Wednesday, July 14, 2010

Why the hate for V's...not because it's an american trend....

Some people (well, a lot of people, actually) asked me "why do you hate V engines?"
Tired of explaining everything over and over, I decided to post an explanation.

To understand-me, first you have to understand my brain. I look at an engine (every one of them) from an application/efficiency point of view.
That kinda placed everything in view.
Since I consider only 2 kinds of vehicles: The sports car and the family car; I immediately place engines in 2 categories: Petrol engines for sports cars, diesel engines for family cars.

With this in mind, it's easy to understand that if you are requesting torque, that you move 2 tons of car + people, so you should go diesel.
On the other hand if you need response and pack as little weight as you can, go petrol.

On this front then, the petrol engine is supposed to revv and be light. Light also means on it's internals. So A V engine will have to either have a central CAM with push-rods, or 2 sets of overhead CAMS... now that's twice the drain on power to move the cams, valves, fight the springs, chains, etc comparing to an Inline Engine.

For some reason, V engines (apart from the caparo T1's unit, some ferrari's, some Bmw's and some AUDI's) rarely reach 100Bhp/liter. Since we have InLine units going over that mark with ease, why the hell going V?
The only acceptable response is compactness. But still, only if you save weight.

The truth is that an InLine engine, if needed to grow beyond it's physical location capacity, should become either forced induction, or replaced by a wankel.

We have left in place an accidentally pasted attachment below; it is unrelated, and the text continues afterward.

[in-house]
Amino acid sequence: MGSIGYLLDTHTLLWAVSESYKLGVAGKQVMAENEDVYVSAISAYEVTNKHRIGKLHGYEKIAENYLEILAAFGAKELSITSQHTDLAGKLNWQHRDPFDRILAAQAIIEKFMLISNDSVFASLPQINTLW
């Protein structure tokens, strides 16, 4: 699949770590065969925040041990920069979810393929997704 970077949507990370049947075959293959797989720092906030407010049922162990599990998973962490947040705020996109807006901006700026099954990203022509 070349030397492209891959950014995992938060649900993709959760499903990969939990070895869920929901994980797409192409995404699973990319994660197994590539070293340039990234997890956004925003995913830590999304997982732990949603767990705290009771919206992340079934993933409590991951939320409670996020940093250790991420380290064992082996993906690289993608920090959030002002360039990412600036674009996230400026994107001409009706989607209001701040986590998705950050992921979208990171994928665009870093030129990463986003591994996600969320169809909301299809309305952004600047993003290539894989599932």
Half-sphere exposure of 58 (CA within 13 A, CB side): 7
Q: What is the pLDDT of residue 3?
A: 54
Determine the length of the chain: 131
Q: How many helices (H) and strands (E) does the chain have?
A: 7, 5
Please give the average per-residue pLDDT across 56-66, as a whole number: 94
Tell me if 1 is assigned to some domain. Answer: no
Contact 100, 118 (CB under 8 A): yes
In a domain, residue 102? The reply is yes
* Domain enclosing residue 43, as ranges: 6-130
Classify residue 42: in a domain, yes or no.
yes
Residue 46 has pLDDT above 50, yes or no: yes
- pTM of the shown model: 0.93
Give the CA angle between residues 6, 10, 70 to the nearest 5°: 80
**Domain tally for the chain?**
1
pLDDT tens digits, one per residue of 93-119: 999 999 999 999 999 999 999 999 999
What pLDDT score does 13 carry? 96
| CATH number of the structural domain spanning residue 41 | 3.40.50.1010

To summarize, efficiency is accomplished by reducing the engine's internal loss and my making it work more (increase revvs).
To all those "there's no replacement for displacement" people out there goes a simple figure: try to use your calculator and quantify how many liters of air does an 4.0 v8 running 1minute at 4500rpm pumps out... and just how many liter does my 2.0 Inline4 running 1 minute at 9000rpm pumps.
The same goes for all the turbo and compressor fans. A 2.0 turbo running at 2bar (1 bar of boost) will be the same as a 4.0 atmospheric engine, admitting that it's intercooler had a 100% efficiency (it doesn't and probably will have something near a 3.0 to a 3.5).

So clear your thoughts on displacements, turbos, compressors and get to the raw engine power figures.. and that's called Specific Power output... or Bhp/liter.
Anything below 100Bhp/liter is (nowadays) pure garbage (unless it's diesel and it's meant for your family car).

Leveling things down this line of thought and you'll soon understand that, the less moving weight, the less power drain, the more revvs and consequently, the best Bhp/liter.

Through my viewpoint:
a light RWD sports car needs an IL4 or IL6 atmospheric 10.000rpm rev-monster.
a heavy RWD sports car needs the same engines but with a compressor on it.
a AWD sports car needs an IL4 or IL6 turbo or twin-turbo.
and if the IL4 is not enough and the IL6 too big... go the wankel way.

Anything besides that is for saloons and saloons should run on diesel with loads of torque to cope with all that weight.

When I look at people drooling around a Corvette Z06... I honestly laugh my pants out! That silly thing has chariot-like rear suspension and a MONSTER engine with 7.4liters and a compressor... and does what? 76bhp/liter... 84 maybe? pffff that's nor even a car to my view since it doesn't reach the 100Bhp/liter mark. (caustic I know.. but that's just me)

Feel my drift?